The discovery of a black truffle on Cameron Anderson’s plantation of 500 oak trees near Dullstroom in Mpumalanga province has ended a nervous 9 year wait for his attempts at growing black truffles to succeed.
Anderson's black truffle has been confirmed as authentic by agricultural scientist, Neil van Rij who put the truffle under a microscope and conducted a DNA analysis before shipping it off to Italy for a second opinion.
The black truffle is a rare and expensive delicacy, that grows underground on the roots of oak trees and can only be sniffed out by trained dogs or pigs.
Anderson trained his nine-year-old weimaraner, Shammy, how to sniff out truffles using truffle oil. He was surprised and elated when one day Shammy was sniffing pointedly at the root of one of the oak trees in the orchard and he was able to dig up a tuber melanosporum (black truffle).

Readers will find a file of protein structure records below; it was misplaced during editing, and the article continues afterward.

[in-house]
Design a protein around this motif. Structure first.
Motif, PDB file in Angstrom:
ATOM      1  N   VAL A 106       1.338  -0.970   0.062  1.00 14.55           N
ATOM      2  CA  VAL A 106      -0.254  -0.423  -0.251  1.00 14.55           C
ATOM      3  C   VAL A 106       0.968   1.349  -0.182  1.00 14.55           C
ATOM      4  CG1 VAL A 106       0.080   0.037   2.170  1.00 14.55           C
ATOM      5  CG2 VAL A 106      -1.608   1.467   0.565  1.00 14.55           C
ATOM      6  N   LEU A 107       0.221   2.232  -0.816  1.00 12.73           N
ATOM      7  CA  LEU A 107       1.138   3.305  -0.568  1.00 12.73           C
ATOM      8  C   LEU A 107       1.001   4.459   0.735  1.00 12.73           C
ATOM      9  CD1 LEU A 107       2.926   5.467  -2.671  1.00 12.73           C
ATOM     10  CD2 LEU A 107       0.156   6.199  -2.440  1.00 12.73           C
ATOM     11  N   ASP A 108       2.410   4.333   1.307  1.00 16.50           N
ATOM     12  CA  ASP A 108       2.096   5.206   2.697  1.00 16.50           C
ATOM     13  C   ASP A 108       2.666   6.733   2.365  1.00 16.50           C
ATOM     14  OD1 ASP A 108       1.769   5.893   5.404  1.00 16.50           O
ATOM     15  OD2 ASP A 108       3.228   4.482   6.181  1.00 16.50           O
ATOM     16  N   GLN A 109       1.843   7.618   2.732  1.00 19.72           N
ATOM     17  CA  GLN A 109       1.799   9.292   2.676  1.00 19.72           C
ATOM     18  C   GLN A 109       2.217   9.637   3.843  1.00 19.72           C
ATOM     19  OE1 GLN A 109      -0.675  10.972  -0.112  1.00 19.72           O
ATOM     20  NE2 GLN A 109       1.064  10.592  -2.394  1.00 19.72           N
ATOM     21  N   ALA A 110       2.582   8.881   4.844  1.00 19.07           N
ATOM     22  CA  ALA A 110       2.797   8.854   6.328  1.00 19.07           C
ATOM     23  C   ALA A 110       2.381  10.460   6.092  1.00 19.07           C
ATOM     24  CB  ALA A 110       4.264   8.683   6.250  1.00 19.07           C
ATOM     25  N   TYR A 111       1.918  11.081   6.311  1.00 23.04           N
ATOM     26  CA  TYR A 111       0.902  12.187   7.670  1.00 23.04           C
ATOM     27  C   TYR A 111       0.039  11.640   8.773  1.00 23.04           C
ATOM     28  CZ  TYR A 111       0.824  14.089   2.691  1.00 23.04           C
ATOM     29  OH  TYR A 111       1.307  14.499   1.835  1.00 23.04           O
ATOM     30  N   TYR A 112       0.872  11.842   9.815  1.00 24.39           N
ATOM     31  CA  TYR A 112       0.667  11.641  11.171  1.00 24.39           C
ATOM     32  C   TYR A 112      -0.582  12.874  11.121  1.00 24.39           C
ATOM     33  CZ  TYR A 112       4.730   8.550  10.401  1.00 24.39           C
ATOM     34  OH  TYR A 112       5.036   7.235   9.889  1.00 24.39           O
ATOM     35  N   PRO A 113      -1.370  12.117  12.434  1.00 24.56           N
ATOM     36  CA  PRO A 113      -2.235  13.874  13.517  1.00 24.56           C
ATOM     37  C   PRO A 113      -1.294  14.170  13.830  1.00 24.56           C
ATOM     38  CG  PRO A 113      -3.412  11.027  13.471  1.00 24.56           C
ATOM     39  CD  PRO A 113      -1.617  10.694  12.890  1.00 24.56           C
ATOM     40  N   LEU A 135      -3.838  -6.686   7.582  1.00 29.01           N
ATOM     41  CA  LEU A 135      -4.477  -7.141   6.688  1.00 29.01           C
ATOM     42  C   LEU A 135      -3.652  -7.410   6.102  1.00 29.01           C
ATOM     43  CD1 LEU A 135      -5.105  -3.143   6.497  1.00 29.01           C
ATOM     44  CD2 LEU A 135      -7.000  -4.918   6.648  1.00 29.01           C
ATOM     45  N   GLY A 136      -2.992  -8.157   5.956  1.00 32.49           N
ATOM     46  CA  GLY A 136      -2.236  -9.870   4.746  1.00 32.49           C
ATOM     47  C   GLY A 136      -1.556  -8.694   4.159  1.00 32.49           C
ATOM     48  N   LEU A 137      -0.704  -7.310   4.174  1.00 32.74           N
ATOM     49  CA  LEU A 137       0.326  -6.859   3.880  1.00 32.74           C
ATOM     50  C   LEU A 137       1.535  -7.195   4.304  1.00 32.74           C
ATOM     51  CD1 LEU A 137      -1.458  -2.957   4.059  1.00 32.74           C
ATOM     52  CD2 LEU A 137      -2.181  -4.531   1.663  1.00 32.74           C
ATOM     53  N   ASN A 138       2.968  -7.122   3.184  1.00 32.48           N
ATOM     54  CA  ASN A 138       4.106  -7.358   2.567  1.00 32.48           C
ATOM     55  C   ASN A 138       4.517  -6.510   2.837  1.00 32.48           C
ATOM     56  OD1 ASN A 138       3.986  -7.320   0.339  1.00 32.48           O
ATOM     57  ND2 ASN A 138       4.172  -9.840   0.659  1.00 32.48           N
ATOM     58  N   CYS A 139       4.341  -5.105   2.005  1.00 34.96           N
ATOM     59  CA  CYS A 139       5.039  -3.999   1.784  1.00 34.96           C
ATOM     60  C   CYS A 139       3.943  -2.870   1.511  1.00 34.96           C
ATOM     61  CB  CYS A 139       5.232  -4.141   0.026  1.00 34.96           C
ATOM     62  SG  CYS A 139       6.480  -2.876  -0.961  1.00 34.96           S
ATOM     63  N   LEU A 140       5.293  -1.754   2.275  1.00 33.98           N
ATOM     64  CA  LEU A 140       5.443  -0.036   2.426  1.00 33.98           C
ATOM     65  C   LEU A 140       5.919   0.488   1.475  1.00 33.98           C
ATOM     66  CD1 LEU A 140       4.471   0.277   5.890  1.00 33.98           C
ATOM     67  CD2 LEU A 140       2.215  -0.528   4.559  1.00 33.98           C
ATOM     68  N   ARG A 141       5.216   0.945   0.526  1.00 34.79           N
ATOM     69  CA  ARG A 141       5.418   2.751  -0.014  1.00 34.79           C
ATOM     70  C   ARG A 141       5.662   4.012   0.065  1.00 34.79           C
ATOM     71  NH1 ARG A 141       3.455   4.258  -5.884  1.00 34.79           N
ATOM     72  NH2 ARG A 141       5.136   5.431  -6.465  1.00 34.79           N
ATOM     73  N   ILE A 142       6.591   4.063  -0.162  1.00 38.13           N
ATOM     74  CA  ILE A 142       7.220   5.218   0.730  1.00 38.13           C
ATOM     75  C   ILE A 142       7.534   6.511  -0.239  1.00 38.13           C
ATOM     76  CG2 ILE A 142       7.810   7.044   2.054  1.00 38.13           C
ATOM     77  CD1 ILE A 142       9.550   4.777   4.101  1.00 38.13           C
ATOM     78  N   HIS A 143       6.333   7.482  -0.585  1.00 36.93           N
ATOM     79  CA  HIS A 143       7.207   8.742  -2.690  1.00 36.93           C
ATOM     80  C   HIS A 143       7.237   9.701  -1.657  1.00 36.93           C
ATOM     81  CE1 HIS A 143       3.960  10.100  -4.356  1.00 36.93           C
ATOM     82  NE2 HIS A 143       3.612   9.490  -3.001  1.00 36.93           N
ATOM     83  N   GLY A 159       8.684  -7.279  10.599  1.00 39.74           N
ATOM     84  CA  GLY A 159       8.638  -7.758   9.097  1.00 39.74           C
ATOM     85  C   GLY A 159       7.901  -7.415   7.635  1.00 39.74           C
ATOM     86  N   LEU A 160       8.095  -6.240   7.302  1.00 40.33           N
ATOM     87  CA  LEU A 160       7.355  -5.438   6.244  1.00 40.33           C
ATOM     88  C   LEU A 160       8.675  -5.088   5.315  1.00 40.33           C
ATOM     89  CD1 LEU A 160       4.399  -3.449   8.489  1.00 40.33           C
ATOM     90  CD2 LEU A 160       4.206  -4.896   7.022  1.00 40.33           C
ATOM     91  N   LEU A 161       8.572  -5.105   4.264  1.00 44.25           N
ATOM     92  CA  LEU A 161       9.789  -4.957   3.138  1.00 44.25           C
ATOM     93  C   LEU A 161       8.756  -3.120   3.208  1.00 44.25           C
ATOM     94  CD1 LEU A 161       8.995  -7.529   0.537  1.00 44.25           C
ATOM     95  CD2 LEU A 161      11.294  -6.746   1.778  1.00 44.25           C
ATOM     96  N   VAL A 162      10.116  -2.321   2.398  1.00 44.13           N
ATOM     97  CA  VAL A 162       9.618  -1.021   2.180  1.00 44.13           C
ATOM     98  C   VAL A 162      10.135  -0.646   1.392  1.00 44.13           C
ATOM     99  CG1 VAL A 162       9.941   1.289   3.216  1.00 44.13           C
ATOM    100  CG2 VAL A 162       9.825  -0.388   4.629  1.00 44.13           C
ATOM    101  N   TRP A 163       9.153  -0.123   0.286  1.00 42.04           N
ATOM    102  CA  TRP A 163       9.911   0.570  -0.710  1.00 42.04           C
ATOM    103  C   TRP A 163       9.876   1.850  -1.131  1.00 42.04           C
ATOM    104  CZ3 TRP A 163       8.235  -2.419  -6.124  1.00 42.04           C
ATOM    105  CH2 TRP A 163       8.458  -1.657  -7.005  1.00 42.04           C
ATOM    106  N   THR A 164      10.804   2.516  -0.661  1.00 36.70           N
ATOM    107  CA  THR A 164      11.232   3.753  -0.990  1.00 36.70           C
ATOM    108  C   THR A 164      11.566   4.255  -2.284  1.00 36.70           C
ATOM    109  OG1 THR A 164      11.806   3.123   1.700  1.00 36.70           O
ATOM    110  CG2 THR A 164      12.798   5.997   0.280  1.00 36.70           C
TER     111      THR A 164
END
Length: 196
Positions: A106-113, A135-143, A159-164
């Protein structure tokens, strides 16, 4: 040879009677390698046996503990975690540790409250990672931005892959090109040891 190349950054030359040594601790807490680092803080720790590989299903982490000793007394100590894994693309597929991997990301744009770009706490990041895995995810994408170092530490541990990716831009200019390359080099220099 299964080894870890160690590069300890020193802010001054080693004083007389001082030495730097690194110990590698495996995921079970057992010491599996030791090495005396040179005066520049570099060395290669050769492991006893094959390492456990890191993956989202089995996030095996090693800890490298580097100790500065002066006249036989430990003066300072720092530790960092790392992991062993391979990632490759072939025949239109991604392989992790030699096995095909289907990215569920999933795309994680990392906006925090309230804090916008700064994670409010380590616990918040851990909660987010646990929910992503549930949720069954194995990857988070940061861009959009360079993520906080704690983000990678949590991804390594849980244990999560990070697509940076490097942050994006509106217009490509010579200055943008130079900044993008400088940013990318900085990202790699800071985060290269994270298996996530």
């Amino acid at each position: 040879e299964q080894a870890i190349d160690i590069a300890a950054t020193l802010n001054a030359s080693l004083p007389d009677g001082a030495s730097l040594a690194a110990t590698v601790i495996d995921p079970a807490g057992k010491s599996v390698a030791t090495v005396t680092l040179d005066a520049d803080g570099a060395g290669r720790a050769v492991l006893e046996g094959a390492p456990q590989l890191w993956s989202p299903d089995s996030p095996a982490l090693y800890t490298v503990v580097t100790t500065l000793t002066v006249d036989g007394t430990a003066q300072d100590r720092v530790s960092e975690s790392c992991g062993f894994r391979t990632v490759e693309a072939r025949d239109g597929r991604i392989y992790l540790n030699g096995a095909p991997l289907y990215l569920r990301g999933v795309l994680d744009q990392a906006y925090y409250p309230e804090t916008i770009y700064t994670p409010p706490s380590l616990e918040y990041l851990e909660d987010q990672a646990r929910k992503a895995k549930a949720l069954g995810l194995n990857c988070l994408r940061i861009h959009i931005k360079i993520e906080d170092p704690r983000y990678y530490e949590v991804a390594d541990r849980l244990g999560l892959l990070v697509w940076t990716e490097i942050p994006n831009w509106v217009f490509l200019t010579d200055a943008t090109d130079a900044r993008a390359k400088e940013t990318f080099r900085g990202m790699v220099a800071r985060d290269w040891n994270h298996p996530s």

Bruce Whitfield spoke to Anderson who sheepishly admitted that after finding the "truffle and a bit more" one of them was eaten.
Technically it was a bit more than just a signle one (truffle) but not much more than a single one, well look .. one of them got eaten and I don't wanna sicken myself by doing the calculations (how much it was worth).— Fernbank Farm Manager, Cameron Anderson
Photo: The black truffle.
The historic black truffle (a little damaged because Anderson did not know quite how to look after it properly) has given him "high hopes that it will go somewhere".
Speaking on 702, Mushroom Researcher van Rij says that the discovery of this truffle is a particularly momentous occasion and agreed that 10 years from now South Africa could have a lucrative truffle industry.
Listen to Bruce's conversation with farmer, Cameron Anderson and Mushroom Researcher, Neil van Rij below: